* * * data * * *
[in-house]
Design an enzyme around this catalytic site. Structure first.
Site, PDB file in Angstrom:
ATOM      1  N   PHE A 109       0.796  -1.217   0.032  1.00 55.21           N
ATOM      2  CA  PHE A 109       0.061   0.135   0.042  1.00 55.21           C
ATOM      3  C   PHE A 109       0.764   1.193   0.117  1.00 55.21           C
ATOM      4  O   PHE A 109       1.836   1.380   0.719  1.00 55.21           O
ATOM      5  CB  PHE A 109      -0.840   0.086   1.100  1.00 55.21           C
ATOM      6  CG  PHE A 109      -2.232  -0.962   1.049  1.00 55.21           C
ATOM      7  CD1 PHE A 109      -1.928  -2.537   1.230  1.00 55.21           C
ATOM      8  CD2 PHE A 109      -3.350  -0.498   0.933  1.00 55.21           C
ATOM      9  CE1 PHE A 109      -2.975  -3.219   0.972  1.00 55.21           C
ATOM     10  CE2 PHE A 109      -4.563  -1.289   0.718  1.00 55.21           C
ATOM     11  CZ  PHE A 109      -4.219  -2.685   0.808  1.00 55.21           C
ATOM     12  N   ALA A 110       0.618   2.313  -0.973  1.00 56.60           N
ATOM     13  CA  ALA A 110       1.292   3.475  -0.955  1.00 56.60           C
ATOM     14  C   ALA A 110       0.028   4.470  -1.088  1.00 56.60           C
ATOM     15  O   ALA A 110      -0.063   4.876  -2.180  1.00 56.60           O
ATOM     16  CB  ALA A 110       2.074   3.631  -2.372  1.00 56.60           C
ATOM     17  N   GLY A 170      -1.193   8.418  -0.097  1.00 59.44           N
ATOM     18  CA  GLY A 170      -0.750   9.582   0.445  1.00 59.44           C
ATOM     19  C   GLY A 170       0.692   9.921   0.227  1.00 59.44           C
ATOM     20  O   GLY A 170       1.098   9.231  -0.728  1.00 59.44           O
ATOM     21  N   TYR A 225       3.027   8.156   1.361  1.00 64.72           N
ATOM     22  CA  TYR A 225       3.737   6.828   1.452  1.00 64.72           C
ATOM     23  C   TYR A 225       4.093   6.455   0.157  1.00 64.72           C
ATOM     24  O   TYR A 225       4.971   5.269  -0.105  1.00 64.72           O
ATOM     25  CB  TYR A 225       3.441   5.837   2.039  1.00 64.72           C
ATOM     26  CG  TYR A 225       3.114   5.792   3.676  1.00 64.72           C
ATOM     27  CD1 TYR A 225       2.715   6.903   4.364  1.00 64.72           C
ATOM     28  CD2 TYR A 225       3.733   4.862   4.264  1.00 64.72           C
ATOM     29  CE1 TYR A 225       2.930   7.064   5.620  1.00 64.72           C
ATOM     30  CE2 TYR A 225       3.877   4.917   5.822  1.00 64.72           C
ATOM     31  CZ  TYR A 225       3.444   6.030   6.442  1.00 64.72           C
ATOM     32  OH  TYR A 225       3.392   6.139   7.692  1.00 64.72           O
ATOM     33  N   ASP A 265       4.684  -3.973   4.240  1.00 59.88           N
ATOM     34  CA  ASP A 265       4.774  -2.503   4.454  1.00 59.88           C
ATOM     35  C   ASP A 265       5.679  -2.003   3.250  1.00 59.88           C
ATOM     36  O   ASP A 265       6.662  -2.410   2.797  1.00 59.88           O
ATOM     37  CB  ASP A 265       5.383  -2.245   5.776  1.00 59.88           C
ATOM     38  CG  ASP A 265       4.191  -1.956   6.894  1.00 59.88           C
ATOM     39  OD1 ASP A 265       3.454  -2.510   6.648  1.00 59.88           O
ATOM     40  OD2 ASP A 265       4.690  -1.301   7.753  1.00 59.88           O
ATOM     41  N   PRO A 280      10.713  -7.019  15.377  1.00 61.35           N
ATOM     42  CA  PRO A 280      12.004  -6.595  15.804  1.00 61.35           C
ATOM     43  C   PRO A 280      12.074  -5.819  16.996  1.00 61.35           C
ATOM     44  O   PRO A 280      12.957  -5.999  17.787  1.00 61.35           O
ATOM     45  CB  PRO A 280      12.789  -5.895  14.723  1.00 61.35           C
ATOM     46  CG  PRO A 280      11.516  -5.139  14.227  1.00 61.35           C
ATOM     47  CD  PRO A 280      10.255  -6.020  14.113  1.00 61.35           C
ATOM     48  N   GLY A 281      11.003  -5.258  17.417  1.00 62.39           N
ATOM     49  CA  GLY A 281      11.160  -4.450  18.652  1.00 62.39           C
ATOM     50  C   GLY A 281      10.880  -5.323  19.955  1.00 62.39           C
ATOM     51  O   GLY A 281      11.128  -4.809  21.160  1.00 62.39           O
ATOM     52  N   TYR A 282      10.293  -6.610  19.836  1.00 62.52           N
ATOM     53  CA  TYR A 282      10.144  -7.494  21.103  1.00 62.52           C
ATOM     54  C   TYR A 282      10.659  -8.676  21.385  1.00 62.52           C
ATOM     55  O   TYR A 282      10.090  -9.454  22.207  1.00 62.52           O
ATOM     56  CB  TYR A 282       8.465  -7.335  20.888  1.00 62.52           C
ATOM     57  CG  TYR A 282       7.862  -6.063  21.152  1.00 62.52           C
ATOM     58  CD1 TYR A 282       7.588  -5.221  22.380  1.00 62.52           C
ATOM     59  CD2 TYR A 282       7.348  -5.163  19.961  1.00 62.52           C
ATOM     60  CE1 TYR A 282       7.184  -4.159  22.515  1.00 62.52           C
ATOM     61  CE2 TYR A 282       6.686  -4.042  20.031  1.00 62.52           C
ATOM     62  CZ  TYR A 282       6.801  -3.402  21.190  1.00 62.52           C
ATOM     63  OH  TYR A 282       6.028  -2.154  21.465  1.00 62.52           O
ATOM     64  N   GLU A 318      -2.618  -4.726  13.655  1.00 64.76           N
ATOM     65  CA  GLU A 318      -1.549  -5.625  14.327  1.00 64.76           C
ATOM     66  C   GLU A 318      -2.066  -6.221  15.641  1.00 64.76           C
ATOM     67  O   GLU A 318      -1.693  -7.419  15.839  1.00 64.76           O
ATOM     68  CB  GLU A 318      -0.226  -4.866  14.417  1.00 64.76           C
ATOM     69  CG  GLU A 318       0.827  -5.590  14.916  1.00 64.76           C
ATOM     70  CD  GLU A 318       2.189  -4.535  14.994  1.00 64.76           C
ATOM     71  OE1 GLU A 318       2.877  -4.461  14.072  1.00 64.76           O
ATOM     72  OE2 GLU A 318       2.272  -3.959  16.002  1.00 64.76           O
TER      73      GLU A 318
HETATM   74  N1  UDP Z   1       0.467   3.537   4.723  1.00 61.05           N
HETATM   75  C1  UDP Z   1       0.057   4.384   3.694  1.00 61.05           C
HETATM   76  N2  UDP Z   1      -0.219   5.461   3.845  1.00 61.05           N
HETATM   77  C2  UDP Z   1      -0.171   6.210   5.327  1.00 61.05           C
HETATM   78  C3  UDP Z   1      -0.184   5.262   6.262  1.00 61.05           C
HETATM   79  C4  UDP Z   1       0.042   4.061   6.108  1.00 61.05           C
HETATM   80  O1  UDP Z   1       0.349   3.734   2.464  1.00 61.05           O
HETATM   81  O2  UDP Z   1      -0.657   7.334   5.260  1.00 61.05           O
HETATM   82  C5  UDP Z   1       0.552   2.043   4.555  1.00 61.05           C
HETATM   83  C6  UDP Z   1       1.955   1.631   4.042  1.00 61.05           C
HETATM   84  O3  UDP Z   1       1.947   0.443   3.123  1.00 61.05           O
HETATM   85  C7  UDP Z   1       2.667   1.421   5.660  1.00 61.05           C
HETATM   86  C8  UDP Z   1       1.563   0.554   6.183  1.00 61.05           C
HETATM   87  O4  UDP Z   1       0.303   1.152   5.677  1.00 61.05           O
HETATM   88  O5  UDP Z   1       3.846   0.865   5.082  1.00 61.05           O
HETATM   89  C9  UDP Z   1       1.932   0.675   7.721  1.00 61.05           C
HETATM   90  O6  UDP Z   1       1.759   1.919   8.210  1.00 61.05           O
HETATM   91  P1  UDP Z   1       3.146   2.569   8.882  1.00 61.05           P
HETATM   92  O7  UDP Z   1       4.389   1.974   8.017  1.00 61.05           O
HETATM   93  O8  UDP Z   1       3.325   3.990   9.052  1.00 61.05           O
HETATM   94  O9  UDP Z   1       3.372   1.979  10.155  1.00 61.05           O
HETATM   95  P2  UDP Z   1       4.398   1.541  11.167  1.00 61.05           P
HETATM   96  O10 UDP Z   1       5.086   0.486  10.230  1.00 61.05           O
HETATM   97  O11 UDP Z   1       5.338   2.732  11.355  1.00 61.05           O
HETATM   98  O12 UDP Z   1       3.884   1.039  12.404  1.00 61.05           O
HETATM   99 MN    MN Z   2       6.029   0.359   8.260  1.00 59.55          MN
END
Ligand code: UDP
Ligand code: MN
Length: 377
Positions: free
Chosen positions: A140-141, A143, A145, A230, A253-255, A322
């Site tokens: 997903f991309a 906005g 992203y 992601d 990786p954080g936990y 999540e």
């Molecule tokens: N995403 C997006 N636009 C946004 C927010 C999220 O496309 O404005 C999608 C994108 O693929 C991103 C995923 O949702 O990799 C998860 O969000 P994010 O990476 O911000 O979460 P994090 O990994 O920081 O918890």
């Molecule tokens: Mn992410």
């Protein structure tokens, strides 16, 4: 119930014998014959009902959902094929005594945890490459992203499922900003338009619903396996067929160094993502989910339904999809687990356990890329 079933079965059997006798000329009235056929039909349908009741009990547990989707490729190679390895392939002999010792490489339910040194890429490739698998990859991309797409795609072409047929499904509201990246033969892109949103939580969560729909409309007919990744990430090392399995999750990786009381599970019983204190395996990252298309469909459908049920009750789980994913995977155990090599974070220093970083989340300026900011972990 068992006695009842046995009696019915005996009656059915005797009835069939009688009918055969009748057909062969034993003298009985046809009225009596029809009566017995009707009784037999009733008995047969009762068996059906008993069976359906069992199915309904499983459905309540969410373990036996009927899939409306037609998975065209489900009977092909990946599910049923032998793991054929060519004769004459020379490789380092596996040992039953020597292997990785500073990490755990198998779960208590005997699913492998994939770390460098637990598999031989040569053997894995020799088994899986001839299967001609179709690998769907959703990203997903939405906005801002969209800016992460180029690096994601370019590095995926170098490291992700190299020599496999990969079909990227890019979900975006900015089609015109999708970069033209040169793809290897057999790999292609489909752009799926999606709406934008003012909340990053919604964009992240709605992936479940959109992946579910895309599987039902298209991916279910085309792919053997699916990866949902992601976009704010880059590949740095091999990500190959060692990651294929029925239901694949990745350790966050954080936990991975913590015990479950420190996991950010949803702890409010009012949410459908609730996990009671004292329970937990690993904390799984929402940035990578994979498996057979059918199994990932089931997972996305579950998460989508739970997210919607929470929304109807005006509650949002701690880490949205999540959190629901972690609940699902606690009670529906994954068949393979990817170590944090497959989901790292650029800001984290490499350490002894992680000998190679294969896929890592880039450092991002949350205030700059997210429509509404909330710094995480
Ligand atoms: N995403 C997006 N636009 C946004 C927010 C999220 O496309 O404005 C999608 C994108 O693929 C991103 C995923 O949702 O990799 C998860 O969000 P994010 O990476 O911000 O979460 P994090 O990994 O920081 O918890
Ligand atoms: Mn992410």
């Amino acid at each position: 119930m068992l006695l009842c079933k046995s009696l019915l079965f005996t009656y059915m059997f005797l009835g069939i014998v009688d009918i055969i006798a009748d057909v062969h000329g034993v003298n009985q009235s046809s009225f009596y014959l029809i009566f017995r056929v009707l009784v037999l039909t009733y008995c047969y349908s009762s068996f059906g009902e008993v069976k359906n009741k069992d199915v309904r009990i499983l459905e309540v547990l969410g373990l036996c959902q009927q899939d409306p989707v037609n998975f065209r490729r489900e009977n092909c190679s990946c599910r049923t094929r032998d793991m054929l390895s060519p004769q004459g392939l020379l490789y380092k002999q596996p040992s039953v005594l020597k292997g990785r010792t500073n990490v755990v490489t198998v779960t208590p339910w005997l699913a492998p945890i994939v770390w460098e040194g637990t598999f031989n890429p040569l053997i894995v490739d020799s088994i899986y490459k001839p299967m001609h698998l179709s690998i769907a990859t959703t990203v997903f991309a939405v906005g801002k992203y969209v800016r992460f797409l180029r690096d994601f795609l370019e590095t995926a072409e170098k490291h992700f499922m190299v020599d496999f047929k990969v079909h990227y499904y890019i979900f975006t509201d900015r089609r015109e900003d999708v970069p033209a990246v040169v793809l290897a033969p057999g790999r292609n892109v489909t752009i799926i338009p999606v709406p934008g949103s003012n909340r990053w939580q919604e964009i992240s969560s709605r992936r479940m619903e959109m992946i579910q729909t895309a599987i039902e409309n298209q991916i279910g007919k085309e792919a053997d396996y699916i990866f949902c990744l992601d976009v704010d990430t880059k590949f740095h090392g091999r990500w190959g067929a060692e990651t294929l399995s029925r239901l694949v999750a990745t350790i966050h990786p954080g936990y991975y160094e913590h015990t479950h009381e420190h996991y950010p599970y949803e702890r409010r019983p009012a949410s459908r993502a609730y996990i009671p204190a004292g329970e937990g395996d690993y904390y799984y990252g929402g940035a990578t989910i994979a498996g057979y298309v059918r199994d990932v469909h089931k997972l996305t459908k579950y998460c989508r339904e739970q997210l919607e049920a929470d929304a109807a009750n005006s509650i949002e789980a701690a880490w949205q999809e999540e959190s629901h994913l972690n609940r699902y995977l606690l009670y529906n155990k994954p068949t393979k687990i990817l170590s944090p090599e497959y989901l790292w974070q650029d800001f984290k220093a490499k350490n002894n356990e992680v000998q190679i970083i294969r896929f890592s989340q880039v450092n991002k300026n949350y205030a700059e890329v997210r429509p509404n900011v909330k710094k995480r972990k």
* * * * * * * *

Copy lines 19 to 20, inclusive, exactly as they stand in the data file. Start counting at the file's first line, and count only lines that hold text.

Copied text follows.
ATOM     16  CB  ALA A 110       2.074   3.631  -2.372  1.00 56.60           C
ATOM     17  N   GLY A 170      -1.193   8.418  -0.097  1.00 59.44           N